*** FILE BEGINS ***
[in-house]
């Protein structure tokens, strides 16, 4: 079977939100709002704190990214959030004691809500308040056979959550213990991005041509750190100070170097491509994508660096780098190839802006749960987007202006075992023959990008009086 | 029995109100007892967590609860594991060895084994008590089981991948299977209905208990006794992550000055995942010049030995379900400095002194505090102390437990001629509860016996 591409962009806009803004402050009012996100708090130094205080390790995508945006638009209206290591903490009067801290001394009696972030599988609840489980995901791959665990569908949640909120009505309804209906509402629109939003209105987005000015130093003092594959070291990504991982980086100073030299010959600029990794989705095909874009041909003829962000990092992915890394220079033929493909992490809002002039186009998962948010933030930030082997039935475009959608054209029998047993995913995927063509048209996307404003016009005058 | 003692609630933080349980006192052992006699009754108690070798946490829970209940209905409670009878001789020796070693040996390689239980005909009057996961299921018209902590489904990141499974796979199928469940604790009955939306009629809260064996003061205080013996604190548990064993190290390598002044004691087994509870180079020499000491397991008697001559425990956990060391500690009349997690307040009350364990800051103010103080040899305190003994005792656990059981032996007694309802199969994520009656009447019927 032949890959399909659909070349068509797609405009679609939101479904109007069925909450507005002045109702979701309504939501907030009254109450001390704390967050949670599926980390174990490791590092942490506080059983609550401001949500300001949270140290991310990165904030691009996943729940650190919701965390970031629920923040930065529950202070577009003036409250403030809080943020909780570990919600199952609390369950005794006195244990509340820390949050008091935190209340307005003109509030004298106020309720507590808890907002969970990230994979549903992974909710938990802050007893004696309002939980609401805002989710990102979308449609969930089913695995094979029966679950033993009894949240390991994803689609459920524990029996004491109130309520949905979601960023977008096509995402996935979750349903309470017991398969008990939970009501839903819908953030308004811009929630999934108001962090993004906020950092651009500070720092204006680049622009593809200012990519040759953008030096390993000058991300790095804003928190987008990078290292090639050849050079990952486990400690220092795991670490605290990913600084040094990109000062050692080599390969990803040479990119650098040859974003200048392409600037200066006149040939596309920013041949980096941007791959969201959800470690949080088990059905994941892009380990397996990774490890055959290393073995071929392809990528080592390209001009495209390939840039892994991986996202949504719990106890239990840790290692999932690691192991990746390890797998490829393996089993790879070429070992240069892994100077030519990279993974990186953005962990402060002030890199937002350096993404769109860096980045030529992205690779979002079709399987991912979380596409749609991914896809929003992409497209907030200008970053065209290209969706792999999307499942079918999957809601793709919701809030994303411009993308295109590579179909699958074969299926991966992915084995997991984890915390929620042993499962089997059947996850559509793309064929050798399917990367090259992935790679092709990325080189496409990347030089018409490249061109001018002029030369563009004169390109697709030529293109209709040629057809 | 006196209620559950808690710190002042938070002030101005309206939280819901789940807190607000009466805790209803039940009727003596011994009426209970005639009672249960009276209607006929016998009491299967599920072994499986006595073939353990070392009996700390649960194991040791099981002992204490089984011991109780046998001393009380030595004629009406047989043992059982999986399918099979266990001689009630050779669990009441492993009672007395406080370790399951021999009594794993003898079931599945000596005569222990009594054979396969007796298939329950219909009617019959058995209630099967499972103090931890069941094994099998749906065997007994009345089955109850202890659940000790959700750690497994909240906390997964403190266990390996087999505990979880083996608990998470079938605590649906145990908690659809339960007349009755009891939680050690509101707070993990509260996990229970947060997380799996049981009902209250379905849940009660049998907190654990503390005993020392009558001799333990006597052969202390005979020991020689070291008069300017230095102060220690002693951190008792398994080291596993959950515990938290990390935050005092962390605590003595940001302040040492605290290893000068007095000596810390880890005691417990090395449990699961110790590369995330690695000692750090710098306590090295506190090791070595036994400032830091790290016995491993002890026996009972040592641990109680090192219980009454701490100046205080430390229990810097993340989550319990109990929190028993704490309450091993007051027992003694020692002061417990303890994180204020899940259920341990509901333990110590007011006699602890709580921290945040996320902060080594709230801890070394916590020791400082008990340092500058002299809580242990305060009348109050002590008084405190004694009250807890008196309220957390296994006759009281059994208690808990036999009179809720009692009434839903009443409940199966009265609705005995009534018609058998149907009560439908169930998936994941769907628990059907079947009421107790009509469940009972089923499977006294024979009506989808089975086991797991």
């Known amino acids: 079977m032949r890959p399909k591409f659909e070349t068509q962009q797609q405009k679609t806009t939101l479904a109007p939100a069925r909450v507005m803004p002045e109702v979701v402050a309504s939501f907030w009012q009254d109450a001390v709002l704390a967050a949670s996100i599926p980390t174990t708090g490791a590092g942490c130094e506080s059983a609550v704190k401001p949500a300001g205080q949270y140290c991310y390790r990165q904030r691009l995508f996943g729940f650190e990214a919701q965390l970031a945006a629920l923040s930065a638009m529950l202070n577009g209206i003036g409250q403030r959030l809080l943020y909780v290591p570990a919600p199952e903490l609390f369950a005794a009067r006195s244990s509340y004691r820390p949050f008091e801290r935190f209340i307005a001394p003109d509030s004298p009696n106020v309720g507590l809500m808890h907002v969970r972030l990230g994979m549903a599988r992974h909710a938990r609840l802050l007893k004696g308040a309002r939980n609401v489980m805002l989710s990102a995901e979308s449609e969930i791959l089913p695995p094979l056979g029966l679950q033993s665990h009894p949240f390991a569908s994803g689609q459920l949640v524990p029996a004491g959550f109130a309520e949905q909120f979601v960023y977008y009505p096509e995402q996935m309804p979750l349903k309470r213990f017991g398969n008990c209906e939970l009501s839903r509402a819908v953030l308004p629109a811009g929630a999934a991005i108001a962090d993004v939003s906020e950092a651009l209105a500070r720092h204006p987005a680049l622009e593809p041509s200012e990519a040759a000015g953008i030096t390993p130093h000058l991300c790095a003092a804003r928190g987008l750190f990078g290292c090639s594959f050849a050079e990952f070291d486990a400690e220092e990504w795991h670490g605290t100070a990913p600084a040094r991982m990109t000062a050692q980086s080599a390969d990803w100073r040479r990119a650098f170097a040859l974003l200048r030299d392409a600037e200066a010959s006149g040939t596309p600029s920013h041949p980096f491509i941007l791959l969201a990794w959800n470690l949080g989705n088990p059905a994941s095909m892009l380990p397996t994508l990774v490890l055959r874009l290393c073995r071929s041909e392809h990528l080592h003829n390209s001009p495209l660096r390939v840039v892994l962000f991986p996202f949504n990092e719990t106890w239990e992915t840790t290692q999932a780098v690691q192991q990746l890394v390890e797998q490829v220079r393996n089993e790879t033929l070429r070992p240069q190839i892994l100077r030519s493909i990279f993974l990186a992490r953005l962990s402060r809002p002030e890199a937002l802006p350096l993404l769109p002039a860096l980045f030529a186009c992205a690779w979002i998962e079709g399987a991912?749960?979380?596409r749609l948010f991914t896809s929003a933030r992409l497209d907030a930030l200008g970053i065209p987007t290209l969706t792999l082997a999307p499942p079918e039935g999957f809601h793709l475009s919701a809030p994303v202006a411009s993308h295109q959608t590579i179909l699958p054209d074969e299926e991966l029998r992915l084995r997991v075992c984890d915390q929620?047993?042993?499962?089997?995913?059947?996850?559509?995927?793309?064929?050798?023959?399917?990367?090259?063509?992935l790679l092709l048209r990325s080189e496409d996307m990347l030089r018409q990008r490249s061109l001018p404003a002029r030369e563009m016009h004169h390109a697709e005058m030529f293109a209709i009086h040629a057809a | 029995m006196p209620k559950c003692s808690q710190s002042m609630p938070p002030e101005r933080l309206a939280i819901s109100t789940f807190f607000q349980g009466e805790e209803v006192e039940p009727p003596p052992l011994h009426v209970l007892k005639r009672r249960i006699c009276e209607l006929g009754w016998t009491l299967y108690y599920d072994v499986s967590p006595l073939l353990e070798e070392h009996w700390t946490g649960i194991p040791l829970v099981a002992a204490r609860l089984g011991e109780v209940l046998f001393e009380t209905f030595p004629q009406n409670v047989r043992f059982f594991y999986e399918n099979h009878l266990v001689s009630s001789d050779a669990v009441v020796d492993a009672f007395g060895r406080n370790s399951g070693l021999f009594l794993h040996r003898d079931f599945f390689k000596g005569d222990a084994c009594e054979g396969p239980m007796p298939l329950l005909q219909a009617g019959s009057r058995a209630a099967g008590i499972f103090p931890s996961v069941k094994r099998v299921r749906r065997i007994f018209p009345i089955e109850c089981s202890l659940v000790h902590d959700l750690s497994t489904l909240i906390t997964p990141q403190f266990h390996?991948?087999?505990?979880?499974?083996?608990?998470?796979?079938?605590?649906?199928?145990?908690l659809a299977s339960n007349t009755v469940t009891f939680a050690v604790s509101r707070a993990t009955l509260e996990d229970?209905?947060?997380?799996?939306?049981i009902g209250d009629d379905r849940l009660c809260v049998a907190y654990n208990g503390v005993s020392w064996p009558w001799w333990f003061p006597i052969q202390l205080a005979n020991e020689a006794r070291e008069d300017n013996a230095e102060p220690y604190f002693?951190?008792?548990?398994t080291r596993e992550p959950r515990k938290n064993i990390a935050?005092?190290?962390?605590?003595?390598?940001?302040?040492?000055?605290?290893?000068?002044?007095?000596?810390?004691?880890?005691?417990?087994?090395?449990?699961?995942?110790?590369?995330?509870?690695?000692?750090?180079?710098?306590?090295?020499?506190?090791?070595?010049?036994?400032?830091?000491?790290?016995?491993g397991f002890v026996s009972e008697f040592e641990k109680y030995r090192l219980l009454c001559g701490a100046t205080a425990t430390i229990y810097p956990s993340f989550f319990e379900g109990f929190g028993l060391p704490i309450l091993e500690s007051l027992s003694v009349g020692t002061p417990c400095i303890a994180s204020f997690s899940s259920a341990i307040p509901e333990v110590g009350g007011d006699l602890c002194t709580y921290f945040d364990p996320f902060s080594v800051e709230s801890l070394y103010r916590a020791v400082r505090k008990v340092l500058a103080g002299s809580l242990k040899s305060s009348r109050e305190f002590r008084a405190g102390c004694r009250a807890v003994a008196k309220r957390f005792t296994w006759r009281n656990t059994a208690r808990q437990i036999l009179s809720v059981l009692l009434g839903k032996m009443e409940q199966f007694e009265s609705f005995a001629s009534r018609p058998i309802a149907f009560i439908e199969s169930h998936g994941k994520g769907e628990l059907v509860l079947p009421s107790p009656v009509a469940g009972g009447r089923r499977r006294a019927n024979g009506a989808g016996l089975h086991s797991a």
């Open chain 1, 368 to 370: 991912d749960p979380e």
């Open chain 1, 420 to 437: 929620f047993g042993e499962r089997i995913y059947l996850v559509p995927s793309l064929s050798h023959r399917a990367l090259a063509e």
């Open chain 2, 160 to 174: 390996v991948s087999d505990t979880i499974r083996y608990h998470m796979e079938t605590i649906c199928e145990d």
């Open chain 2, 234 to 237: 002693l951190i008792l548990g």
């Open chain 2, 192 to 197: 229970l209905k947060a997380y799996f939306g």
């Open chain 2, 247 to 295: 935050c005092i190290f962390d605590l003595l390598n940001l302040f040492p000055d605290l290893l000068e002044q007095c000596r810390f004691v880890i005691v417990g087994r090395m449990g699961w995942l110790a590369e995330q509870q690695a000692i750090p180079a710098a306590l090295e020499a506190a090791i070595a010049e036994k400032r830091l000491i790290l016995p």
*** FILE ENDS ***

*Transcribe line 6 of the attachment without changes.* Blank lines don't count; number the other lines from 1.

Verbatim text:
């Open chain 2, 160 to 174: 390996v991948s087999d505990t979880i499974r083996y608990h998470m796979e079938t605590i649906c199928e145990d």